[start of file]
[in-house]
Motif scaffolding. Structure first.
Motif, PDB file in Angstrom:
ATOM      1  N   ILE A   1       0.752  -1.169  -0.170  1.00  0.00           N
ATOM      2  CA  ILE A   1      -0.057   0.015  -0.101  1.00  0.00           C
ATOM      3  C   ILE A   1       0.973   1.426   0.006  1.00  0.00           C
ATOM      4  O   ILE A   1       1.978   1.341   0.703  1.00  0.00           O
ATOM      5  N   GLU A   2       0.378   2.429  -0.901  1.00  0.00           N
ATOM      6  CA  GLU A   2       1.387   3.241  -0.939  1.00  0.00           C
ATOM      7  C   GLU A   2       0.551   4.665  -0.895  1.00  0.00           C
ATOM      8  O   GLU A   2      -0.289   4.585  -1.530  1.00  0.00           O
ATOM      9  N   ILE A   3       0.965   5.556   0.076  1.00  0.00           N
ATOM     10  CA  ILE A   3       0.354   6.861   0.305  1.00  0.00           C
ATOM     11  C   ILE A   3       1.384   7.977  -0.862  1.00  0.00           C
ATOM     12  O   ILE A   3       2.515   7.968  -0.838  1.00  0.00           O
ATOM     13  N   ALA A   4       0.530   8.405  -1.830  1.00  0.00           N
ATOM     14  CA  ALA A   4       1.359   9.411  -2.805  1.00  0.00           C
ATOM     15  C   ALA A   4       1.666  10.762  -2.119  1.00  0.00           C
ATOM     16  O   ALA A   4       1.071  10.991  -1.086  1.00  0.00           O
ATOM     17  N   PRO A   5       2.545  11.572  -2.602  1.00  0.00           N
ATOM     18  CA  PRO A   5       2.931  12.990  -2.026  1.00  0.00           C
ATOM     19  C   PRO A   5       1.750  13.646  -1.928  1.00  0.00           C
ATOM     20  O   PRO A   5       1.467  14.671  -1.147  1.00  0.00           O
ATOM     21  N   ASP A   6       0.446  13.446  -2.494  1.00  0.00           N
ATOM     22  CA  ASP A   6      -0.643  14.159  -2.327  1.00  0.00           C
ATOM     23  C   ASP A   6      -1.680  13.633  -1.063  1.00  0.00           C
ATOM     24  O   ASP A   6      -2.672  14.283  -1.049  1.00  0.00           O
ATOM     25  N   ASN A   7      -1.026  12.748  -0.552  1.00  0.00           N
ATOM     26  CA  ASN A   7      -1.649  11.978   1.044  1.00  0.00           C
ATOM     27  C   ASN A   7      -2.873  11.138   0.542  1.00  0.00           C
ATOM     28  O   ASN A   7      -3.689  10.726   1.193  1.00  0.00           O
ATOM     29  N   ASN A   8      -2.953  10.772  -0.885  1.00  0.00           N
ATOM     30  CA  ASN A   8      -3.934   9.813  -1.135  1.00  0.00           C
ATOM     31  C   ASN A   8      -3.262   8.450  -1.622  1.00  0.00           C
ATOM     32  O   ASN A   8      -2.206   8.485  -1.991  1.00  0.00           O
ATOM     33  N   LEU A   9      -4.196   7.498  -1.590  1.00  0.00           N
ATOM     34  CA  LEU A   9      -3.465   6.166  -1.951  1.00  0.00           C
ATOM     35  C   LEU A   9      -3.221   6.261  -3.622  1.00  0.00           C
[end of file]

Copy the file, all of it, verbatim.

[in-house]
Motif scaffolding. Structure first.
Motif, PDB file in Angstrom:
ATOM      1  N   ILE A   1       0.752  -1.169  -0.170  1.00  0.00           N
ATOM      2  CA  ILE A   1      -0.057   0.015  -0.101  1.00  0.00           C
ATOM      3  C   ILE A   1       0.973   1.426   0.006  1.00  0.00           C
ATOM      4  O   ILE A   1       1.978   1.341   0.703  1.00  0.00           O
ATOM      5  N   GLU A   2       0.378   2.429  -0.901  1.00  0.00           N
ATOM      6  CA  GLU A   2       1.387   3.241  -0.939  1.00  0.00           C
ATOM      7  C   GLU A   2       0.551   4.665  -0.895  1.00  0.00           C
ATOM      8  O   GLU A   2      -0.289   4.585  -1.530  1.00  0.00           O
ATOM      9  N   ILE A   3       0.965   5.556   0.076  1.00  0.00           N
ATOM     10  CA  ILE A   3       0.354   6.861   0.305  1.00  0.00           C
ATOM     11  C   ILE A   3       1.384   7.977  -0.862  1.00  0.00           C
ATOM     12  O   ILE A   3       2.515   7.968  -0.838  1.00  0.00           O
ATOM     13  N   ALA A   4       0.530   8.405  -1.830  1.00  0.00           N
ATOM     14  CA  ALA A   4       1.359   9.411  -2.805  1.00  0.00           C
ATOM     15  C   ALA A   4       1.666  10.762  -2.119  1.00  0.00           C
ATOM     16  O   ALA A   4       1.071  10.991  -1.086  1.00  0.00           O
ATOM     17  N   PRO A   5       2.545  11.572  -2.602  1.00  0.00           N
ATOM     18  CA  PRO A   5       2.931  12.990  -2.026  1.00  0.00           C
ATOM     19  C   PRO A   5       1.750  13.646  -1.928  1.00  0.00           C
ATOM     20  O   PRO A   5       1.467  14.671  -1.147  1.00  0.00           O
ATOM     21  N   ASP A   6       0.446  13.446  -2.494  1.00  0.00           N
ATOM     22  CA  ASP A   6      -0.643  14.159  -2.327  1.00  0.00           C
ATOM     23  C   ASP A   6      -1.680  13.633  -1.063  1.00  0.00           C
ATOM     24  O   ASP A   6      -2.672  14.283  -1.049  1.00  0.00           O
ATOM     25  N   ASN A   7      -1.026  12.748  -0.552  1.00  0.00           N
ATOM     26  CA  ASN A   7      -1.649  11.978   1.044  1.00  0.00           C
ATOM     27  C   ASN A   7      -2.873  11.138   0.542  1.00  0.00           C
ATOM     28  O   ASN A   7      -3.689  10.726   1.193  1.00  0.00           O
ATOM     29  N   ASN A   8      -2.953  10.772  -0.885  1.00  0.00           N
ATOM     30  CA  ASN A   8      -3.934   9.813  -1.135  1.00  0.00           C
ATOM     31  C   ASN A   8      -3.262   8.450  -1.622  1.00  0.00           C
ATOM     32  O   ASN A   8      -2.206   8.485  -1.991  1.00  0.00           O
ATOM     33  N   LEU A   9      -4.196   7.498  -1.590  1.00  0.00           N
ATOM     34  CA  LEU A   9      -3.465   6.166  -1.951  1.00  0.00           C
ATOM     35  C   LEU A   9      -3.221   6.261  -3.622  1.00  0.00           C